HARARE – The United States Agency for International Development (USAid) does not distribute its food aid based on political affiliations of recipients, the mission’s director Stephanie Funk has said.
At a media briefing on drought response on Monday, Funk said food aid is given to families in need.
Due to the effects of an El Nino-induced drought, an estimated 2,8 million people are in need of food aid and livelihood support.
Funk told the Daily News that the USAid with the help of the World Food Programme (WFP) has a robust exercise that enables them to identify the most vulnerable members in the communities.
“People who are sick, those with young children and those in abject poverty are identified. If there is any instance of food going in the wrong direction or people that are in need not receiving it then they should report to the help desk so that we respond to such complaints,” Funk said.
United Nations (UN) resident coordinator Bishow Parajuli said as the UN, they plan to reach to as many people as possible regardless of their political affiliation.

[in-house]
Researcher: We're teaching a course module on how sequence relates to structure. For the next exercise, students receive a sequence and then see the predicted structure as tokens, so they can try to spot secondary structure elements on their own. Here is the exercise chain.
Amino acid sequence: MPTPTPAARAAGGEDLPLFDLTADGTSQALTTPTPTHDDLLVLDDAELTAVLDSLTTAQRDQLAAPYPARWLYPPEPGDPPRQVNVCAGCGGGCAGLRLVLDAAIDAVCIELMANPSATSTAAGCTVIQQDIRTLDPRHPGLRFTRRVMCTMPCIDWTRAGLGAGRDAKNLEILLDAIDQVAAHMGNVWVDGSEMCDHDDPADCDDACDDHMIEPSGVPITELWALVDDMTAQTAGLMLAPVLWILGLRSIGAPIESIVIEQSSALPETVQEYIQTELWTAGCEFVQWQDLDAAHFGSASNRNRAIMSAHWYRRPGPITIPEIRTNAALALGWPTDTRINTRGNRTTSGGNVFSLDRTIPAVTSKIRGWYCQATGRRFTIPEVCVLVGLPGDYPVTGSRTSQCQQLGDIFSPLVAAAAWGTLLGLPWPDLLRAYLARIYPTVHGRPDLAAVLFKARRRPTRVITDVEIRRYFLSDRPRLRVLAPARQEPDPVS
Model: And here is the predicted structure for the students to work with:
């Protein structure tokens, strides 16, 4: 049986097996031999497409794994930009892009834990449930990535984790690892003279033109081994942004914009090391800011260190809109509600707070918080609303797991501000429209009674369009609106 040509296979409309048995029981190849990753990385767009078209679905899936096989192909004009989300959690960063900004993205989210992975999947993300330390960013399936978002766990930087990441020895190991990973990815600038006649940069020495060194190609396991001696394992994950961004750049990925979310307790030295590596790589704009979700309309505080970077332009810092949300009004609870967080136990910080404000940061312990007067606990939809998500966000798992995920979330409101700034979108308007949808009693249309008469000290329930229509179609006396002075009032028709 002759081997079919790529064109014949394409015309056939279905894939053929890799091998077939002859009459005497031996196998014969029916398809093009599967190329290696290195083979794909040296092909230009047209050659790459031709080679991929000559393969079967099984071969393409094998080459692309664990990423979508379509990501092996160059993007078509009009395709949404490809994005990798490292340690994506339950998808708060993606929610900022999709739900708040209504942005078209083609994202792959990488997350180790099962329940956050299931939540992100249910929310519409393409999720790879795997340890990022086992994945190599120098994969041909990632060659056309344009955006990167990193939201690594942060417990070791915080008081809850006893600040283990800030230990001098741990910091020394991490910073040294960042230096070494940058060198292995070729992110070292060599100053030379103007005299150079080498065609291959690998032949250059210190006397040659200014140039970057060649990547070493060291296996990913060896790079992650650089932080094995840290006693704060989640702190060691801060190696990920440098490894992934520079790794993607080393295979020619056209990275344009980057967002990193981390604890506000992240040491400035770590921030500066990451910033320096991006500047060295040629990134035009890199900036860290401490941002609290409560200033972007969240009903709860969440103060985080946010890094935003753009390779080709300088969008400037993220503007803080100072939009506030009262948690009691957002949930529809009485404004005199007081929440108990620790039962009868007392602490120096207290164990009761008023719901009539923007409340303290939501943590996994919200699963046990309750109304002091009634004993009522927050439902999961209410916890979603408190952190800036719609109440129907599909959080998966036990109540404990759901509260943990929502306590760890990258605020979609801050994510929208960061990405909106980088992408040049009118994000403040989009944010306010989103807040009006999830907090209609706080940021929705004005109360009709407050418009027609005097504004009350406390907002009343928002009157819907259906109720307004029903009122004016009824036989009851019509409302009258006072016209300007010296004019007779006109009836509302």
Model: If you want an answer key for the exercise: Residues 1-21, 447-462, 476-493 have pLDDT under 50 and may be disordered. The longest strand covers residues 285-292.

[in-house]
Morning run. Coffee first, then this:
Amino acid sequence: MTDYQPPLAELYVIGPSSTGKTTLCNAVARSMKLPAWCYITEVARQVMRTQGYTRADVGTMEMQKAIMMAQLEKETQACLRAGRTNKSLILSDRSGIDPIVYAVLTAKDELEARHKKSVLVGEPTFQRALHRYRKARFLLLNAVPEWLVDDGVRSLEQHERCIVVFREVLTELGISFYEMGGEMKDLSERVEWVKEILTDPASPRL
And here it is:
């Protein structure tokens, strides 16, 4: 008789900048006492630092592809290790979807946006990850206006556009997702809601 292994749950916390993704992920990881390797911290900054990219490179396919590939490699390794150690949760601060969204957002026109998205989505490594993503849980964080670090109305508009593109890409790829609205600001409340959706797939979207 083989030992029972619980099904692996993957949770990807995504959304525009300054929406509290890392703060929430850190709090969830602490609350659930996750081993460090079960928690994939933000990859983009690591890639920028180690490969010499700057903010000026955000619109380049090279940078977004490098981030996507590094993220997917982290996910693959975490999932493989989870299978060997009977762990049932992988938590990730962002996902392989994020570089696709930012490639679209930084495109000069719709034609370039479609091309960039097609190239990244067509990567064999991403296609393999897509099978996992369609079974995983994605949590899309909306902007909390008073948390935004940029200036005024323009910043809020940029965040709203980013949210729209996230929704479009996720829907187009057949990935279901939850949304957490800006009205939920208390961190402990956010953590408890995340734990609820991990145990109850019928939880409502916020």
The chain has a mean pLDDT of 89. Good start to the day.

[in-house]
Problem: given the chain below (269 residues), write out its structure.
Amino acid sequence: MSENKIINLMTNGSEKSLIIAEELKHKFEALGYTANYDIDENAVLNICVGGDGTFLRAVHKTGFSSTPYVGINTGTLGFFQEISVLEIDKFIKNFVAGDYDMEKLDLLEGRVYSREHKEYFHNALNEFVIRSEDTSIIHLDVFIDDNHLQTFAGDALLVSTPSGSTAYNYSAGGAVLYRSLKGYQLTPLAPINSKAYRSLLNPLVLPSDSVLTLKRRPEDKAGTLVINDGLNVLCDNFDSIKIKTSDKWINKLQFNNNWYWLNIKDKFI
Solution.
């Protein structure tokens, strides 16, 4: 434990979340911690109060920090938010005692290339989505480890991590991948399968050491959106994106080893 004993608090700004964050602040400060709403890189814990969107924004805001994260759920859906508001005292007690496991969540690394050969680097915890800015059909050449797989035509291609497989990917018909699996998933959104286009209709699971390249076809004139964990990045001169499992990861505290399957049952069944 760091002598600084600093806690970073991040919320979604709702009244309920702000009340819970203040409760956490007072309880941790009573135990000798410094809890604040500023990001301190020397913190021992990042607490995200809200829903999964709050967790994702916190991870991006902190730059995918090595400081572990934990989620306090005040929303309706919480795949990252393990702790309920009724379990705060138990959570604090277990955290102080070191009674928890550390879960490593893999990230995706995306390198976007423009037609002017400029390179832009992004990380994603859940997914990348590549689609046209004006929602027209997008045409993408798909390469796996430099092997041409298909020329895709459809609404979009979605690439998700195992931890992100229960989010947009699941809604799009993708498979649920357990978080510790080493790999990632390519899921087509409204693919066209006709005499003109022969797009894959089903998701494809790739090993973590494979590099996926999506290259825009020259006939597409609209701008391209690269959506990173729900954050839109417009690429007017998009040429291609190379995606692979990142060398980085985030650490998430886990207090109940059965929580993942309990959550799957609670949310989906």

He said part of the required $360 million in the drought response plan will also be extended to other vulnerable groups in urban areas and to migrants as well.
Bishow, however, said with the $70 million that has been received so far, there was need to continue and increase drought response in Zimbabwe.
“We project that the people in need will increase, food insecurity in the rural population will fluctuate from 30 percent to 49 percent, that is approximately 4,5 million people during the peak of the lean season from January to March 2017,” he said.
WFP country director Eddie Rowe said the food security situation looks bleak for the country due to cattle deaths and also dwindling remittances from the Diaspora.
Rowe said as of July 2016, the food insecurity situation will rise up to March 2017.
“The few households that took advantage of the late rains and planted in January have about six to eight weeks of food left,” he said.